We are close enough to completion now that I actually have it lightly staged and published in the MLS. However… the gas utility company decided that they wanted to place the meter on the opposite side of the house from where we plumbed – so that line had to be moved under the house. We are still waiting for them to dig up the street and actually hook us up. In an effort to make lemonade out of the added cost and delay we have converted the original hook up to an outside gas BBQ outlet. Now it is a “value add” instead of an inexplicable hole in the side of the house. That wasn’t the extent of our natural gas woes… the building department didn’t like the louvered door on the water heater closet because it is in a bathroom. If the closet were in a hallway we would be okay. The door needs to be a solid, sealed door with a threshold seal – essentially a front door. Trouble is, the door is only 24” wide and they don’t make front doors that are 24” wide. I had to order a door custom built. It is a $500 mistake and takes about a week.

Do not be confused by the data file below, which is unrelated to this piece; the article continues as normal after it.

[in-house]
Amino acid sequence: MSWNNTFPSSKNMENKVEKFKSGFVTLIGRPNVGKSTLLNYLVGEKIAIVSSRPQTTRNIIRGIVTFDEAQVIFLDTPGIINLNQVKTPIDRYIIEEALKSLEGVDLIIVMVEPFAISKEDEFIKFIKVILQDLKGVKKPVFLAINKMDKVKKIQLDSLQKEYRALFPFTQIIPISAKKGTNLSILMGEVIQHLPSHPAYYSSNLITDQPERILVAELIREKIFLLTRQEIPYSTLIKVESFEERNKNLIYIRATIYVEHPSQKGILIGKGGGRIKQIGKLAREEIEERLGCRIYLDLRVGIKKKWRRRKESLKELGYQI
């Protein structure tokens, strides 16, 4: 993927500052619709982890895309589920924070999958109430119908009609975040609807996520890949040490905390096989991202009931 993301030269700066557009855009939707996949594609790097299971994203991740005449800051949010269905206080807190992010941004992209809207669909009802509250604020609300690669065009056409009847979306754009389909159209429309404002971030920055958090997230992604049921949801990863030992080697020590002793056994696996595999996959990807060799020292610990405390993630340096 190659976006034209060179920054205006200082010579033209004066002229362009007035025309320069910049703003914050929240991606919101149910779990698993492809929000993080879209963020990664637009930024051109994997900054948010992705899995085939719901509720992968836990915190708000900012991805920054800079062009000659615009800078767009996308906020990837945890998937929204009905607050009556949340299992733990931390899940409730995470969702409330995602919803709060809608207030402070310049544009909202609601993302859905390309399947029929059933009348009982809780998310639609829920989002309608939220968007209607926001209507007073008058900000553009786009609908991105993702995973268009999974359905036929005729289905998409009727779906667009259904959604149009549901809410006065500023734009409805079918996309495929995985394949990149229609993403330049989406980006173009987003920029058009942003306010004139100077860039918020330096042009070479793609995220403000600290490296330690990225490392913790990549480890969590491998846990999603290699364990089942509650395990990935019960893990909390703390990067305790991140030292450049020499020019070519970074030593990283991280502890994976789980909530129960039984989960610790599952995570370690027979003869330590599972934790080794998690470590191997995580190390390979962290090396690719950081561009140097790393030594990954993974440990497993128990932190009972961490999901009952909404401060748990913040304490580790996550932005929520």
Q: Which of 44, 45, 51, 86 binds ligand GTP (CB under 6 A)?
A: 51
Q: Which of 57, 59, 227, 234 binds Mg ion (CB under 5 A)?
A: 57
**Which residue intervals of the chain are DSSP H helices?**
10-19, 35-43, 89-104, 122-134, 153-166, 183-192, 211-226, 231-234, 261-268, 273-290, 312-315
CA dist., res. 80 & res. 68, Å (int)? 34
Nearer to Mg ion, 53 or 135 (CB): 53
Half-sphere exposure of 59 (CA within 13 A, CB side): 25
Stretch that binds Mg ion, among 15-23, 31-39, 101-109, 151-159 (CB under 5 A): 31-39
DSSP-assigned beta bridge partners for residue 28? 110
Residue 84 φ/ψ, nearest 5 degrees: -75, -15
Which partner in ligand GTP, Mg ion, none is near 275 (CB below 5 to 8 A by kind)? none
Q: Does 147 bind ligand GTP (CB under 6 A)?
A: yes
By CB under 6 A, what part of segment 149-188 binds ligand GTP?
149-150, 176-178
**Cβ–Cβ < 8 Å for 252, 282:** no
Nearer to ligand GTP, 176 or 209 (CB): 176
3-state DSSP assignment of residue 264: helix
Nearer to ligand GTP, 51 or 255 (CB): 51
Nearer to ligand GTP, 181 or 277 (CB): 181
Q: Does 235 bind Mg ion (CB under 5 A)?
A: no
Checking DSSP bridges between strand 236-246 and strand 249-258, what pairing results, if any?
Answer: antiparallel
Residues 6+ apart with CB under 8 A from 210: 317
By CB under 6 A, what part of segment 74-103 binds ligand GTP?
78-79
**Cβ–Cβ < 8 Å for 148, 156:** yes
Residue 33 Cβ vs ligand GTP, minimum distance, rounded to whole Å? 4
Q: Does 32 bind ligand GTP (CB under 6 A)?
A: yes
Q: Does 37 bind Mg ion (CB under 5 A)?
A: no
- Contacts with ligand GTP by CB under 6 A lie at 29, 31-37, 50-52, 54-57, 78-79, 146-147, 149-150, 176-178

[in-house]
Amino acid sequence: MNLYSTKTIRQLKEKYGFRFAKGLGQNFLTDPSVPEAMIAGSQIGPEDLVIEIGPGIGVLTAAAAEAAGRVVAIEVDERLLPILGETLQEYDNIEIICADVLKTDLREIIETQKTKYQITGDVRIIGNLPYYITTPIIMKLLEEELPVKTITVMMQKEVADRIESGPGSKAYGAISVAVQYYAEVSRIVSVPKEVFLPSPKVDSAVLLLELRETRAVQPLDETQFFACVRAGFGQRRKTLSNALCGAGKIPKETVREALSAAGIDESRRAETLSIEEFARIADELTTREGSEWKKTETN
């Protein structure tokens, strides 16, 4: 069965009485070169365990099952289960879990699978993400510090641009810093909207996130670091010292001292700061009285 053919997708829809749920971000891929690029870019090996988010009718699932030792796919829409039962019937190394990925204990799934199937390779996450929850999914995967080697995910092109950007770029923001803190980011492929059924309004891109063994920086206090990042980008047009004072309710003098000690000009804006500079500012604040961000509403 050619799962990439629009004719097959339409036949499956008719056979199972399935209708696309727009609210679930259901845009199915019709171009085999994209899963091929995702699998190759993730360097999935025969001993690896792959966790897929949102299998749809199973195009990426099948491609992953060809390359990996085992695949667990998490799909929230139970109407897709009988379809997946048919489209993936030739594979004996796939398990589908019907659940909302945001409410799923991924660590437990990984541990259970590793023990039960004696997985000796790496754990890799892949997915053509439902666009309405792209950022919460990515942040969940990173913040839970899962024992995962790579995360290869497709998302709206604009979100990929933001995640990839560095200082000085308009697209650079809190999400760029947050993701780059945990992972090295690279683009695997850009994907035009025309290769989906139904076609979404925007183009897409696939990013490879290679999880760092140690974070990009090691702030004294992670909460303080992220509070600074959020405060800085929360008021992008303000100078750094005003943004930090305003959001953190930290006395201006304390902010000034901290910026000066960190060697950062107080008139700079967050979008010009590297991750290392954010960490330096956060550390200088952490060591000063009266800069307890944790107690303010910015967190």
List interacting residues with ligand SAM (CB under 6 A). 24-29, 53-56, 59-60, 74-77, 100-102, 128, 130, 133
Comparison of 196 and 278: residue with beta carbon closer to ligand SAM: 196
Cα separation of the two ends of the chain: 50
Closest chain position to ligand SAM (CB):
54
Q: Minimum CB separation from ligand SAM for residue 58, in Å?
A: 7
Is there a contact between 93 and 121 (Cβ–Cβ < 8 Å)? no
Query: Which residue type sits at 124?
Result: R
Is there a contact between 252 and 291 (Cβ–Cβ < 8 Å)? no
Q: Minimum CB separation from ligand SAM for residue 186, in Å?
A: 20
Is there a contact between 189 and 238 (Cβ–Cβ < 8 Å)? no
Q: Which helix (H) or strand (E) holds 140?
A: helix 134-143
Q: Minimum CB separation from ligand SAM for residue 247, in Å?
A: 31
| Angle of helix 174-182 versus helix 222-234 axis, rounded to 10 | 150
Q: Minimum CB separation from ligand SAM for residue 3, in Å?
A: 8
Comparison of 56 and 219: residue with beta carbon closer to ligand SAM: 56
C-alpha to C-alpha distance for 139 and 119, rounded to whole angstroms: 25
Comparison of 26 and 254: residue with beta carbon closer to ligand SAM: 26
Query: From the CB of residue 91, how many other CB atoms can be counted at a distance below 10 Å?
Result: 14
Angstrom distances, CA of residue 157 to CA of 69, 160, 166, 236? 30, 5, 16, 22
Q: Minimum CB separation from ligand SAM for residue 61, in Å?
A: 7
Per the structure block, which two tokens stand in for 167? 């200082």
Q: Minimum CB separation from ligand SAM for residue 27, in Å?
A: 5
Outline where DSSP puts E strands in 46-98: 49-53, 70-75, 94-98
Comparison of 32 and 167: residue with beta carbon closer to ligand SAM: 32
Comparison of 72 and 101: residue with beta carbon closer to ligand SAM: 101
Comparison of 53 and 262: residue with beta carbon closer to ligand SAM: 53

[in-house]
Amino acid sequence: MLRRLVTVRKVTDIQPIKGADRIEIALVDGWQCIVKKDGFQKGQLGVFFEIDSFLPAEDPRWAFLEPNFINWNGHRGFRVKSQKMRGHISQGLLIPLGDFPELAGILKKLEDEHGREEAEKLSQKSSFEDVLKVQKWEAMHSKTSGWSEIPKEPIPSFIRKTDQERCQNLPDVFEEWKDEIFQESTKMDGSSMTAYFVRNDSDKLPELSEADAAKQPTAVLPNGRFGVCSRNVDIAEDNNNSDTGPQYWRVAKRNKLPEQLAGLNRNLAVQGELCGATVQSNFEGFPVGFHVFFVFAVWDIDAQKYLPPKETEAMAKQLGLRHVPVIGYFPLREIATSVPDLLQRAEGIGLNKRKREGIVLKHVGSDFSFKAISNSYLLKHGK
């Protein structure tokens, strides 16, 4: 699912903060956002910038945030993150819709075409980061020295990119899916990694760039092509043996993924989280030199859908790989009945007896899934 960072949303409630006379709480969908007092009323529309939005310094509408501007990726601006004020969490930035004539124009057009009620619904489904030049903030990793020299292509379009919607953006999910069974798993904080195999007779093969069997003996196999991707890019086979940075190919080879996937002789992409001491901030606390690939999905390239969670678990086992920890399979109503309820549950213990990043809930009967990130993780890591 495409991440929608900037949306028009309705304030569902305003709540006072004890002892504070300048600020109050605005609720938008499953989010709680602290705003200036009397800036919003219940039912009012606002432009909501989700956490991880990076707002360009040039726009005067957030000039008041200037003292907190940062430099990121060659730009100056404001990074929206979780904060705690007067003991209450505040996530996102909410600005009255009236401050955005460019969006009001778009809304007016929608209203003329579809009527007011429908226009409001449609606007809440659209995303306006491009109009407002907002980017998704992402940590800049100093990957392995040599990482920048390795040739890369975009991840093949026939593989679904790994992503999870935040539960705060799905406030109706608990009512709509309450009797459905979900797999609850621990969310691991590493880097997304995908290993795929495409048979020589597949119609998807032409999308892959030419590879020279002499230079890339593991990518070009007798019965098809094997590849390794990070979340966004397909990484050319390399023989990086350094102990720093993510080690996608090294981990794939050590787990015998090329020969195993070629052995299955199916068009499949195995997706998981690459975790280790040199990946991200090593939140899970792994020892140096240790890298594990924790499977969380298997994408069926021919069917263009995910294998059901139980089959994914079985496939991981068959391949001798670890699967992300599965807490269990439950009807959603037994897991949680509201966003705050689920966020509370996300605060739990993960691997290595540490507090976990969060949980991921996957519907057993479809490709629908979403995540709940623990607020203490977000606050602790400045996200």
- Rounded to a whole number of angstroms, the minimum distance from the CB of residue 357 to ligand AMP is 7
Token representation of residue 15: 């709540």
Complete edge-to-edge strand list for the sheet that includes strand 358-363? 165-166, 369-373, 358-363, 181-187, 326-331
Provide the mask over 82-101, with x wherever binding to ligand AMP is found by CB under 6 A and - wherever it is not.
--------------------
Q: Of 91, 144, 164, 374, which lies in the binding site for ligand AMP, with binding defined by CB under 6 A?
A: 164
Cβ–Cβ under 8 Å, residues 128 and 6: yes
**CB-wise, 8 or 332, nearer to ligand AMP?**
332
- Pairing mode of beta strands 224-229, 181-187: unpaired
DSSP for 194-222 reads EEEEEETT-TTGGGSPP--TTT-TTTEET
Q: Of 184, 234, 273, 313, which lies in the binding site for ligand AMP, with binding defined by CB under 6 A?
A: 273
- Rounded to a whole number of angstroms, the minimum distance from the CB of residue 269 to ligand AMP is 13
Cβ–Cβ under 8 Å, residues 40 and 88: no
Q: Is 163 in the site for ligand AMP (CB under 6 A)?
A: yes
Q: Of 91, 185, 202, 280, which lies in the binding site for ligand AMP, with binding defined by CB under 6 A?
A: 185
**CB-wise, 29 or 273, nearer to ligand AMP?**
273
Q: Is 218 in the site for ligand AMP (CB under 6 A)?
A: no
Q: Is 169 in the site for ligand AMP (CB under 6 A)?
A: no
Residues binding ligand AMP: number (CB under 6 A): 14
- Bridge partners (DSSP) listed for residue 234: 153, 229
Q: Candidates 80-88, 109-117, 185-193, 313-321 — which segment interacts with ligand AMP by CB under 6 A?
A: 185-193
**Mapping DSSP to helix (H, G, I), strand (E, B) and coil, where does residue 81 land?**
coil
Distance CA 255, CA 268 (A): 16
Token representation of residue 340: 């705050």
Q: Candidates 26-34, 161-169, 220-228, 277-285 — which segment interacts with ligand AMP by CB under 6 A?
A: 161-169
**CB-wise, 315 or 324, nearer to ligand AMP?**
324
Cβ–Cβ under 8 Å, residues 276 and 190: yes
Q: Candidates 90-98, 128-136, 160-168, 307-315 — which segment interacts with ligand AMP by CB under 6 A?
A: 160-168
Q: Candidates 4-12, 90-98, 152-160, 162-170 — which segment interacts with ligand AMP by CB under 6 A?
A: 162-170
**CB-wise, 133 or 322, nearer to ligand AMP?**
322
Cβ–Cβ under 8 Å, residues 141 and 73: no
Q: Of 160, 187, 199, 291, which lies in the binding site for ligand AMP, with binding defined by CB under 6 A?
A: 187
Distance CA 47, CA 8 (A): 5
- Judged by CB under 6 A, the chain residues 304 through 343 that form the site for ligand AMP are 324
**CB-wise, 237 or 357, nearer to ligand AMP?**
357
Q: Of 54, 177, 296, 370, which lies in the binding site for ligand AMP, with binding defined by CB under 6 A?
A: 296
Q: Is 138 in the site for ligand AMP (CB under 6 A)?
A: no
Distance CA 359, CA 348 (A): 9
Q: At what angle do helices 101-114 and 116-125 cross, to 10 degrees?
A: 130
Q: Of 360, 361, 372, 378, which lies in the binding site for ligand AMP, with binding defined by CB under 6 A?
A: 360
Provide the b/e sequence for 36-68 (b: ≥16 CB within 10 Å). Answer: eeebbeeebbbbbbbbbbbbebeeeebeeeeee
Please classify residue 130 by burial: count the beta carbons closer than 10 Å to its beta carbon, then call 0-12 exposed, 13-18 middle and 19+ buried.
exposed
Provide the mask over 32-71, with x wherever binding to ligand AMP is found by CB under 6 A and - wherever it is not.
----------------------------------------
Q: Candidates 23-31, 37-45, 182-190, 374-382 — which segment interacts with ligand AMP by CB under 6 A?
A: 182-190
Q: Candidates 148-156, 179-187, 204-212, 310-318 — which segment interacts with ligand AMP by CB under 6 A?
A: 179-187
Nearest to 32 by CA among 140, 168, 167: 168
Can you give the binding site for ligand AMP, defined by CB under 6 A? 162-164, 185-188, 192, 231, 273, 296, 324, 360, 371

These colors don’t give me the blues… when we get that front door painted red and the porch dolled up a little this place will be cute, cute, cute!


I actually have a house going up! I love the pop-out bay window (seat height) and shed roof protecting the front door. The walls are 10 feet high which makes it look huge.


During the big dig the GC unearthed these old wine bottles. There will probably be days that I’ll wish they were full…


Ugh… after waiting weeks for the new foundation drawings I finally got them and… they were wrong. I can read drawings and was pretty sure they were wrong; but sent Hubby to meet with the GC for a review. Those two collaborated on the further delays, the other costs involved in making this an ADU, etc. and came back to me with a different proposition. Let’s just build a 3-bedroom house. In a weak moment I caved and agreed.